Specifications

Although both the Apple and Dell 20" displays use the same LG.Philips LCD LM201W01 panel, Apple and Dell seem to differ (at least in terms of marketing) on several specifications including response time, contrast ratio and brightness. Granted, Dell and Apple use different backlights that may account for the 50 nit difference. On the other hand, Apple hardware is traditionally listed with slightly conservative specifications. Part of our review process is to evaluate these specifications anyway - and since these are nearly identical displays, it will be very easy for us to verify which model has the more accurate listed specifications.


Click to enlarge.

Apple Cinema Display 20" M9177LL
LCD Panel 20.1" WSXGA+ LCD (Active Matrix)
pixel pitch: 0.258mm
Anti-glare coating
Super IPS Panel
Advertised Scanning Frequency Horizontal: 31-83kHz
Vertical: 56-75Hz
Advertised Response Time 16ms (Typical)
Advertised Viewing Angle 170 / 170 (Horizontal / Vertical)
Advertised Contrast Ratio 400:1 (Typical)
Compatibility 1680 x 1050 (Native)
Advertised Brightness 250 cd/m2
Warranty 1 year parts and labor

Dell UltraSharp 2005FPW
LCD Panel 20.1" WSXGA+ LCD (Active Matrix)
pixel pitch: 0.258mm
Anti-glare coating
Super IPS Panel
Advertised Scanning Frequency Horizontal: 31-83kHz
Vertical: 56-75Hz
Advertised Response Time 12ms (Typical)
Advertised Viewing Angle 176 / 176 (Horizontal / Vertical)
Advertised Contrast Ratio 600:1 (Typical)
Compatibility 1680 x 1050 (Native)
Advertised Brightness 300 cd/m2
Warranty 3 years parts and labor

Oddly, Dell lists their 2005FPW with a typical response time of 12ms while Apple and the panel manufacturer both claim a 16ms response time. Over the last several months, we have seen display manufacturers claim only the rising response time on their product specifications. Given the track record of most manufacturers to inflate contrast ratios using favorable testing techniques, the likelihood that accurate response time measurements are starting to crumble to more aggressive marketing seems high. Of course, anyone who reads our display reviews on a regular basis can probably tell you that "average" (TrTf) response time has very little to actual responsiveness of the display and that other specifications, like color depth and display mode, can be more helpful when purchasing a new monitor.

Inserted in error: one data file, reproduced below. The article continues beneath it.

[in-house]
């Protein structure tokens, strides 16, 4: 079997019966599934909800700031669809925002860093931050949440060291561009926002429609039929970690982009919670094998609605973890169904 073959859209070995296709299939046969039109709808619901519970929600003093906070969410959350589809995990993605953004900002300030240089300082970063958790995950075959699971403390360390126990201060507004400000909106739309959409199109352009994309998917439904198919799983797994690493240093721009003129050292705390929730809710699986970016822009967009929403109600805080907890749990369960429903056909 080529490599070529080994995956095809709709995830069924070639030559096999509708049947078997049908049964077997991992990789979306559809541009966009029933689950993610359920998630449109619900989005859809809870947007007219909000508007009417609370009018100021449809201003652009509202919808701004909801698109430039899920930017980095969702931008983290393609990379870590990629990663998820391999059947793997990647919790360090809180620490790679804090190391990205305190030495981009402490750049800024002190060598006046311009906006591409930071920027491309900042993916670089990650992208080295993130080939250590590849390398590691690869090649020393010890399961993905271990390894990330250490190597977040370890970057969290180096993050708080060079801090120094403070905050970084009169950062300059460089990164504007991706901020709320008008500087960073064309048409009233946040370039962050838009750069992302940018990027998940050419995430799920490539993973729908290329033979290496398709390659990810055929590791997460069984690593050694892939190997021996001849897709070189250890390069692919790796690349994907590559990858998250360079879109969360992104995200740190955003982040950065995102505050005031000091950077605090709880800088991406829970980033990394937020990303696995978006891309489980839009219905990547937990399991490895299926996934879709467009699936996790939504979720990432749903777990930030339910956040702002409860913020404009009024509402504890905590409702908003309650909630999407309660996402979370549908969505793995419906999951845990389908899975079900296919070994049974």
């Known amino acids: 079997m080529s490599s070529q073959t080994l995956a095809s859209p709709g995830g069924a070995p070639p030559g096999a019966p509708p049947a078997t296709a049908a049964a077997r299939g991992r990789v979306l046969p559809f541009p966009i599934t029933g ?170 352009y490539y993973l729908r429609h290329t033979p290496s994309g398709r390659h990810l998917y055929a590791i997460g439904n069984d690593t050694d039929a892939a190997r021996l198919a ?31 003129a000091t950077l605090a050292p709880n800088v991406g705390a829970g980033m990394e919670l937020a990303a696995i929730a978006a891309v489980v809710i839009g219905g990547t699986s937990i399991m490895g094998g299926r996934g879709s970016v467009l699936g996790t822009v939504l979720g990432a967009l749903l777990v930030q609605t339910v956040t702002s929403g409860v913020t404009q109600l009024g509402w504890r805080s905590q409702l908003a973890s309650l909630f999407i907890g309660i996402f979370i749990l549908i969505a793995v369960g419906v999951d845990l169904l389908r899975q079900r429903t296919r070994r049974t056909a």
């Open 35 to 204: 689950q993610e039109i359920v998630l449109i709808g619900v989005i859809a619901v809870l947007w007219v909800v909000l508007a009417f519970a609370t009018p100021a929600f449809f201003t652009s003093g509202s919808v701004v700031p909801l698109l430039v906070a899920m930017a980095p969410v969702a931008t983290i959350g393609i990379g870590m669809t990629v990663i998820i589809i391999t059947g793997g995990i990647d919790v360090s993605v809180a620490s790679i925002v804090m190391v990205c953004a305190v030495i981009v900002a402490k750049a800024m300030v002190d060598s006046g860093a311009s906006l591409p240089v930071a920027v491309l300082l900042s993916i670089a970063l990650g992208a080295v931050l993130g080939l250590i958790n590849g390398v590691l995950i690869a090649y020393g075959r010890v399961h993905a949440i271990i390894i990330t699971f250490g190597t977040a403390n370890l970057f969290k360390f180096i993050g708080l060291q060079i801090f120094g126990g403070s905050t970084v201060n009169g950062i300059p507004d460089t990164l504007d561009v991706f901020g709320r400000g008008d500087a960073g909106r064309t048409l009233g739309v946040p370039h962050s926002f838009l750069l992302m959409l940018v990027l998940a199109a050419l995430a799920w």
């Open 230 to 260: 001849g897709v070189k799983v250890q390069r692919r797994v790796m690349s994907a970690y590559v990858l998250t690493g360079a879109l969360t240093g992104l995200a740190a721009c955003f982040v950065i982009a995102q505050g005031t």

The M9177LL utilizes very different native resolution than what we have seen in the past. LG.Philips LCD largely pioneered the WSXGA+ signal resolution found on the Cinema display and we saw our first demonstrations of the technology back at the Consumer Electronics Show in January of 2004. Since then, WSXGA+ has gained a bit of popularity in laptops, but not in LCD TVs. Unfortunately with HD signals broadcast at 1280x720 or 1920x1080, all of the XGA+ signals pioneered by LG.Philips require some signal conversions, which result in skewed pixels or skewed signals. While watching WMV9 samples on our Cinema display, we attempted to overcome this by only viewing windowed 720p movies, but unfortunately, a bit of screen real estate is wasted in the process. We can't penalize Apple or Dell for trying, however, and both the 23" and 30" Cinema displays incorporate resolutions large enough to play unaltered 1080p signals.

The strongest aspect of the LG.Philips LCD panel utilized in the Cinema display is ultimately the 8-bit Super IPS display. We have covered some displays in the past that utilize 16ms and 12ms 6-bit TN displays. We have never been in favor of sacrificing color depth for response time, but some insist that the sub 20ms response time is absolutely critical to their usage. We will get more into various usage benchmarks later on.